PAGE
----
Childhood’s End by Arthur C. Clarke

Previously, I read Childhood’s End in 1999. I vaguely remembered some sort of mystical transformation of humankind at the end. In fact, I remember a book cover (which maybe doesn’t exist) that was black and asymmetrical with a looming red/orange/yellow embryo symbolizing humanity’s next phase of existence. I think I was confusing it with a bluish cover for Clarke’s 2010: Odyssey Two.

I saw a cheap used paperback with a spaceship on the cover on my trip to the US in December and decided to buy it and read it again. I had the vague idea that maybe the book would have some relevant things to say about the transformation of society that some are predicting will occur as a result of the development of artificial intelligence.

I was disappointed.

See below to find out why.

Continue reading Childhood’s End by Arthur C. Clarke

When and Why I Read Childhood's End

Read it once before. Got a cheap copy in Atlanta December 2023. Wanted to read it because it's about the future of humanity, and the AI people keep talking about the future of humanity. This had nothing relevant to say though.

Genre: science-fiction
Date started / date finished: 30-Mar-24 to 31-Mar-24
Length: 218 pages
ISBN: 0345347951
Originally published in: 1953/1974
Amazon link: Childhood's End

Poster Girl by Veronica Roth

A 27-year-old woman who as a teenager posed for a propaganda poster under the previous government is released from imprisonment on condition that she locate a missing girl who was snatched from her family a decade earlier. Her luminescent ocular device, no longer connected to the system that conditioned every citizen via instant monetary rewards and punishments, can nevertheless still be used to spy on her.

The story, told in present tense, explores themes of community and making the best of what you have, like City of Ember. But the world of Roth’s Poster Girl is not a world where anyone emerges triumphant. Mostly, it’s about loss and evil and culpability; not just looking evil in the face, but casting aside self-deception and admitting you carry it inside yourself.

In addition, we’re warned that technology can be misused; specifically that we’re infinitely better off if our data is siloed on scattered devices than if it’s in the cloud, because someday the government will likely get it all, and whoever controls the government will use it however they see fit… and so will the next government.

I read in a review of Childhood’s End that it’s dull because its only plot device is “the slow reveal.” While that’s not the only plot device of Poster Girl, it might partly explain the deflated feeling I had, sunshiny epilogue notwithstanding, when I finished reading it. The 288-page novel hinges on the dark secret at its heart. About which, no more.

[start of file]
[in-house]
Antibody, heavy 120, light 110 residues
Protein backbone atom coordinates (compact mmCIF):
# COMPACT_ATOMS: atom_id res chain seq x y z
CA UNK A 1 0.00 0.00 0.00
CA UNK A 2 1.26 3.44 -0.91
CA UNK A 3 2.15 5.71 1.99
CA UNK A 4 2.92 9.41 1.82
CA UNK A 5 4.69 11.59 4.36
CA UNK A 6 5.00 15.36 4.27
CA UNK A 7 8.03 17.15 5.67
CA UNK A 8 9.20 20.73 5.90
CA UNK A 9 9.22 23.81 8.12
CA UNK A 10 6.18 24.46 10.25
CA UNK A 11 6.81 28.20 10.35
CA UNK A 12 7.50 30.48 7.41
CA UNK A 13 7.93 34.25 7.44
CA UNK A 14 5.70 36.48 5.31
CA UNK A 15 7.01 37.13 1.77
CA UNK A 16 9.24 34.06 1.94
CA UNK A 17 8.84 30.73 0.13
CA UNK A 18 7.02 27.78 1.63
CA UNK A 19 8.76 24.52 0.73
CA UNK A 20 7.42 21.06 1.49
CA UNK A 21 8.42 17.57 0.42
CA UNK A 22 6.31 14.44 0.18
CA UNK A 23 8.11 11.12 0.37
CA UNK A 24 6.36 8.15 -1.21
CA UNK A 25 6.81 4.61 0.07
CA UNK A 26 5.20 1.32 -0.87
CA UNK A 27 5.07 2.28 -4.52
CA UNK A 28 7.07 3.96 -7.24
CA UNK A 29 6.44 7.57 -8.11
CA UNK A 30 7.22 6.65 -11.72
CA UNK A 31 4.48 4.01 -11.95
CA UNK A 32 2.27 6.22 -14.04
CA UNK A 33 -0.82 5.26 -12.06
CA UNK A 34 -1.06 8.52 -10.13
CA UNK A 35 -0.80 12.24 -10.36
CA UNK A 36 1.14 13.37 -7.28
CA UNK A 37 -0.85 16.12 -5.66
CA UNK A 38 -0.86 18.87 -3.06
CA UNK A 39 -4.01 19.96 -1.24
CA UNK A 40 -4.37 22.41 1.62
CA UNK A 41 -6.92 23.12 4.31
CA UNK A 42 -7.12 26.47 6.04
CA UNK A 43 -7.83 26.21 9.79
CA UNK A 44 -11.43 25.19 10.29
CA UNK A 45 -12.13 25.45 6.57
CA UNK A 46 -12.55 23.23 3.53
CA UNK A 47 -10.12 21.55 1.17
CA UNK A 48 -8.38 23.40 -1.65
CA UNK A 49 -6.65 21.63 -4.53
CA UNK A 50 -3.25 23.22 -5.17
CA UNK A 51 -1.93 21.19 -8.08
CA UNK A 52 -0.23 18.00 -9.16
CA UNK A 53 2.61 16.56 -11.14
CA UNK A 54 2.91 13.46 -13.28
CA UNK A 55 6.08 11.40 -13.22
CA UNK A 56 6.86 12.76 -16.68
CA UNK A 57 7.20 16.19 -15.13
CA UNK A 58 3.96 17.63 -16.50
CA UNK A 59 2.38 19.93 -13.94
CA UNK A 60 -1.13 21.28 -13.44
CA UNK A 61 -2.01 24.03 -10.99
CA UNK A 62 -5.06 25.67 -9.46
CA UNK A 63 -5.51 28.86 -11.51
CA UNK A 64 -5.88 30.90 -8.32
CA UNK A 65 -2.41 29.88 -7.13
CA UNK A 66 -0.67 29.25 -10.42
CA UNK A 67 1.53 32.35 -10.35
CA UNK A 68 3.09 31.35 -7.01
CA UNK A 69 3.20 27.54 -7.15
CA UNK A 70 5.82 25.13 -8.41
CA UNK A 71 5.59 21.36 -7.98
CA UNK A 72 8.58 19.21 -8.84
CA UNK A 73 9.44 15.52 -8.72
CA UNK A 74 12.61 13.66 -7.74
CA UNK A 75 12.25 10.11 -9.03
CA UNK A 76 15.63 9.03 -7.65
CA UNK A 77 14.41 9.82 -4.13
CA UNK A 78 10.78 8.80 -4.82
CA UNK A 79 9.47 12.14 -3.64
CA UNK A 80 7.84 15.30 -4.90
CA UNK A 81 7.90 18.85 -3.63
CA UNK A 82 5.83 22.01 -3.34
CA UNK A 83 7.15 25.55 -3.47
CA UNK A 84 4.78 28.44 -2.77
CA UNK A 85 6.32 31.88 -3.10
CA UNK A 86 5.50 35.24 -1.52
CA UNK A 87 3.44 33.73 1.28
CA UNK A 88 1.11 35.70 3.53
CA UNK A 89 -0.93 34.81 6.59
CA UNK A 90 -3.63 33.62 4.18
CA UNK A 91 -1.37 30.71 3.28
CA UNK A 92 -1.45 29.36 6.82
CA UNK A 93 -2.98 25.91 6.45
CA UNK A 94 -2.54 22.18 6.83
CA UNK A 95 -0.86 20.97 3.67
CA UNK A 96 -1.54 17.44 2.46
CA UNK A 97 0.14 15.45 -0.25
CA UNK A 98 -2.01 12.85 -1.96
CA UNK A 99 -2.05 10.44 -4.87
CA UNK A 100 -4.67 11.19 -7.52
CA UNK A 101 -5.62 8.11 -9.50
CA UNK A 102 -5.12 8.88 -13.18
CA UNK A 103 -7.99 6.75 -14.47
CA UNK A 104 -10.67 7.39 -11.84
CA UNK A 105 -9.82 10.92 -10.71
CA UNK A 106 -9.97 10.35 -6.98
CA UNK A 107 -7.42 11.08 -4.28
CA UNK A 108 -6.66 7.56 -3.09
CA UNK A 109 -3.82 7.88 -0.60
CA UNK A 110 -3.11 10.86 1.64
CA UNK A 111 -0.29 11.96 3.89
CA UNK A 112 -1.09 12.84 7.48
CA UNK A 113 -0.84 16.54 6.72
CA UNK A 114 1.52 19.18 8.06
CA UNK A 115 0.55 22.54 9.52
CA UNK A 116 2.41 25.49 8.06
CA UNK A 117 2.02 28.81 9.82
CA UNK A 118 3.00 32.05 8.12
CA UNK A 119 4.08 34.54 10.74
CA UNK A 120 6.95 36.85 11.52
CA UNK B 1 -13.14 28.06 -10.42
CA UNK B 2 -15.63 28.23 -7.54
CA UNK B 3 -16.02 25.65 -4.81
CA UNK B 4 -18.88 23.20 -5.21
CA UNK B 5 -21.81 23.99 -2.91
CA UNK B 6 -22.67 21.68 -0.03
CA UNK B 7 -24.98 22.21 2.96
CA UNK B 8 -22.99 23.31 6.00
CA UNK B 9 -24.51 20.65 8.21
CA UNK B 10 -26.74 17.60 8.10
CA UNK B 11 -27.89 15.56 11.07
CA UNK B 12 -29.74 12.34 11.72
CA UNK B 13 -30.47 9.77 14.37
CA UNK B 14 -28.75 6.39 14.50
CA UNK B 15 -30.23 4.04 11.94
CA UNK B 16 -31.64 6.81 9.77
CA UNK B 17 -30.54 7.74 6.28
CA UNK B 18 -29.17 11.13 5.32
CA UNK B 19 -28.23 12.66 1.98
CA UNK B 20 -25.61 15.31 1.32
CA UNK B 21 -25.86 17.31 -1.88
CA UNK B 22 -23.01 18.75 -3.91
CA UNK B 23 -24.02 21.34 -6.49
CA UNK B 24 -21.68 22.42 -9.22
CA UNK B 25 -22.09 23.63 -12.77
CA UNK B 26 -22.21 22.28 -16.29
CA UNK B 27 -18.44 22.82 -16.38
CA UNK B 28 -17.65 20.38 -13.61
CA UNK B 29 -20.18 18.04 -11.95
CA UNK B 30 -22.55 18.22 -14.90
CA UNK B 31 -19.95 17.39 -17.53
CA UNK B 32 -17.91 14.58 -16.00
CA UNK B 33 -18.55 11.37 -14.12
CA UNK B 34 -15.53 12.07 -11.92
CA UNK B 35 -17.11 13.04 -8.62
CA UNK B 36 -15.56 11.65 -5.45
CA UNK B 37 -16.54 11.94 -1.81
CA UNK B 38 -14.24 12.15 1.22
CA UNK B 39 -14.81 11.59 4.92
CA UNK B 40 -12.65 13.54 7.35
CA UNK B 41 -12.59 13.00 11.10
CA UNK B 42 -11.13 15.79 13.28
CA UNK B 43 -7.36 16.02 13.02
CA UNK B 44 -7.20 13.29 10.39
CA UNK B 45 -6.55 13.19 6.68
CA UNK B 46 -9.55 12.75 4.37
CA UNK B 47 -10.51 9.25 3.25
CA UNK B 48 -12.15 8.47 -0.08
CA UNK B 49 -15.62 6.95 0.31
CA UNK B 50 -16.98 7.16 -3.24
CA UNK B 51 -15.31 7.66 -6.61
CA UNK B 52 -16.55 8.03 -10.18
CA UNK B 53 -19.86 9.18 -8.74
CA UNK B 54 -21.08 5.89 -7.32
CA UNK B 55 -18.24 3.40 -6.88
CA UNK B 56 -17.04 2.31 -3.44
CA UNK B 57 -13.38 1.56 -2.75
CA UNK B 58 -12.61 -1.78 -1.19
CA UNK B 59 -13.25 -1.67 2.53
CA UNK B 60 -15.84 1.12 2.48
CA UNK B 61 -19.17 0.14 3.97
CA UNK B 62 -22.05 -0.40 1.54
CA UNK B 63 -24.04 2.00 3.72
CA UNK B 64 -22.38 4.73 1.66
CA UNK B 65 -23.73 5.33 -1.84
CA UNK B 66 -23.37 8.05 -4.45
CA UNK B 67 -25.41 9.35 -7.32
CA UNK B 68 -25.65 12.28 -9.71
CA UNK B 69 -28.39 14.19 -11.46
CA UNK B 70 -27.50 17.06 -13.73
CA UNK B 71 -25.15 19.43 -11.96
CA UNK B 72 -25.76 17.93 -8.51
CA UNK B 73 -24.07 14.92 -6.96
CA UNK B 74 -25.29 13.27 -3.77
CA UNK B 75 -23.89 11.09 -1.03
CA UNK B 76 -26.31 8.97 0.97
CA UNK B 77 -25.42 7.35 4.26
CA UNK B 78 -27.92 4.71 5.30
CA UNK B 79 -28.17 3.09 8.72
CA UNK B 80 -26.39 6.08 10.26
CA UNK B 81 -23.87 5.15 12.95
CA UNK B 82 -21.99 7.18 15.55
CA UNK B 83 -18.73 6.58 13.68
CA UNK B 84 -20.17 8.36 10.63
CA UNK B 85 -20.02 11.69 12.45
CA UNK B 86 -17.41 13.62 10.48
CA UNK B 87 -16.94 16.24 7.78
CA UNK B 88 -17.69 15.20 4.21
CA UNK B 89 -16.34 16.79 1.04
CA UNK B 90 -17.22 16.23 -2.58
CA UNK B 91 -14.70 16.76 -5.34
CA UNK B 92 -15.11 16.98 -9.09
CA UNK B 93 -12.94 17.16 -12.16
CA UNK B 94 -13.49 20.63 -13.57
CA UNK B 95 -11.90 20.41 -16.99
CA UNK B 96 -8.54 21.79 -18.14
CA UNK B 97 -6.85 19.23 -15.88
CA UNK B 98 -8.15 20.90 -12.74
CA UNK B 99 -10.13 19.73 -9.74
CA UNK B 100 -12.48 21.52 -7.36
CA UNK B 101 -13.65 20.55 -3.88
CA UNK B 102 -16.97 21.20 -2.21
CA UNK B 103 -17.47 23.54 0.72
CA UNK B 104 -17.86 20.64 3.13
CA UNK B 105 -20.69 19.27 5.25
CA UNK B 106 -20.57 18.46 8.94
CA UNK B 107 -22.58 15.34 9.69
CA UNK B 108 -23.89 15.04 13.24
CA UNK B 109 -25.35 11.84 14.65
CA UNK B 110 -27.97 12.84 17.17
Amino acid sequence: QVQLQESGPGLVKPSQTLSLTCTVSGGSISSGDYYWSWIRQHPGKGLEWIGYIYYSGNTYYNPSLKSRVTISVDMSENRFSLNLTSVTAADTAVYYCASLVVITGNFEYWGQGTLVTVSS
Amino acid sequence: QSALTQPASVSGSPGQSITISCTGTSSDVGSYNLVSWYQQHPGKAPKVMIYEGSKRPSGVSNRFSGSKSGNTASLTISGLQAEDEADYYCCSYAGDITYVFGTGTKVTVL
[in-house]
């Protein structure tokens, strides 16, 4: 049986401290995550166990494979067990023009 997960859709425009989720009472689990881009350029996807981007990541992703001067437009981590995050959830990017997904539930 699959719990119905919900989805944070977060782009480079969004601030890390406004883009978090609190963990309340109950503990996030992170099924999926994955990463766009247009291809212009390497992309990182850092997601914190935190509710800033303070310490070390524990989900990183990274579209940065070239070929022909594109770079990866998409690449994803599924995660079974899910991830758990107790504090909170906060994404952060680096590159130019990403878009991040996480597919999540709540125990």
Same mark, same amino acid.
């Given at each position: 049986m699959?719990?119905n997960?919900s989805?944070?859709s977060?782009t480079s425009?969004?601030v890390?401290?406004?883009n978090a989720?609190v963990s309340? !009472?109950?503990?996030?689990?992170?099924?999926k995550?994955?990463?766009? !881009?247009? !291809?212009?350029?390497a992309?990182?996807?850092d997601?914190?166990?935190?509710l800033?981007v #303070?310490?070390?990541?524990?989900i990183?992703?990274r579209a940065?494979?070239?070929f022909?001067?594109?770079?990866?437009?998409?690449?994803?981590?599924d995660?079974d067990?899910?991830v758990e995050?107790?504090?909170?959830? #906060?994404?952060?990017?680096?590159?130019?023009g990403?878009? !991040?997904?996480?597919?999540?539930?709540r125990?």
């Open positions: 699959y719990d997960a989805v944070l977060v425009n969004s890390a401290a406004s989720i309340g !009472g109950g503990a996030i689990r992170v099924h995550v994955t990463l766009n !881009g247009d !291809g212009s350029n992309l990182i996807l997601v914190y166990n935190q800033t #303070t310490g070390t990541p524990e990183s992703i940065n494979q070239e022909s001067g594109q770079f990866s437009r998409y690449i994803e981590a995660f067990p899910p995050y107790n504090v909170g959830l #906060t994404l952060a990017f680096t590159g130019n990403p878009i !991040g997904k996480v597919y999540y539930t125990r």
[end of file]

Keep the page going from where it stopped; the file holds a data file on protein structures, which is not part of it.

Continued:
When and Why I Read Poster Girl

Got an email alert that a Veronica Roth ebook was on sale and bought it. Apparently she wrote it during the pandemic.

Genre: science-fiction/fantasy
Date started / date finished: 29-Mar-24 to 30-Mar-24
Length: 279 pages
Originally published in: 2022
Amazon link: Poster Girl

Passionate Persistence by Eve Sprunt

Two things stood out when I read Passionate PersistenceThe Life of My Mother, Ruth Chew by Eve Sprunt.

One is that all the dollar amounts mentioned for individual purchases, cars, salaries, etc. were really low compared to now, many decades later. I mean, of course I know about inflation, but appreciating these amounts, even with present-day equivalents given in the narration, is like having to think in another currency entirely. The past really is a foreign country, and reading a biography of anyone born in a previous generation is like traveling in time.

The other is that children’s authors aren’t necessarily good with their own kids. I would have assumed someone apparently full of entertaining stories for children would have been fully engaged with her own. It seems the truth is that Ruth’s offspring were expected to be as emotionally self-sufficient as the characters in her stories, who wander around having adventures with little if any interference from their parents.

The second-oldest of five, Eve has written a detailed account of her mother’s personal, professional, and family life, based on Ruth’s diaries and her own memories. She acknowledges Ruth’s challenges and successes, but also points out behavior that was negligent, self-indulgent, or biased and reminds us that we ought to pay attention to our impact on those around us.

When and Why I Read Passionate Persistence

This is a biography of children's author Ruth Chew, written by her daughter.

Genre: biography
Date started / date finished: 21-Mar-24 to 29-Mar-24
Length: 375 pages
Originally published in: 2024
Amazon link: Passionate Persistence

What’s the best translation of In Search of Lost Time (Remembrance of Things Past)?

You might think there are only two translations to choose from. Well. That’s what *I* thought.

But after many, many hours of collecting and organizing information on Marcel Proust’s masterwork, I can tell you, the situation is much more complicated…

Head over to the first of my Lost Time pages on We Love Translations to learn how many versions of the Scott Moncrieff translation the Anglophone world has produced (and is still producing!), plus details (on the second page) about the Penguin Prendergast project and the rather nebulous new Nelson and Watt project.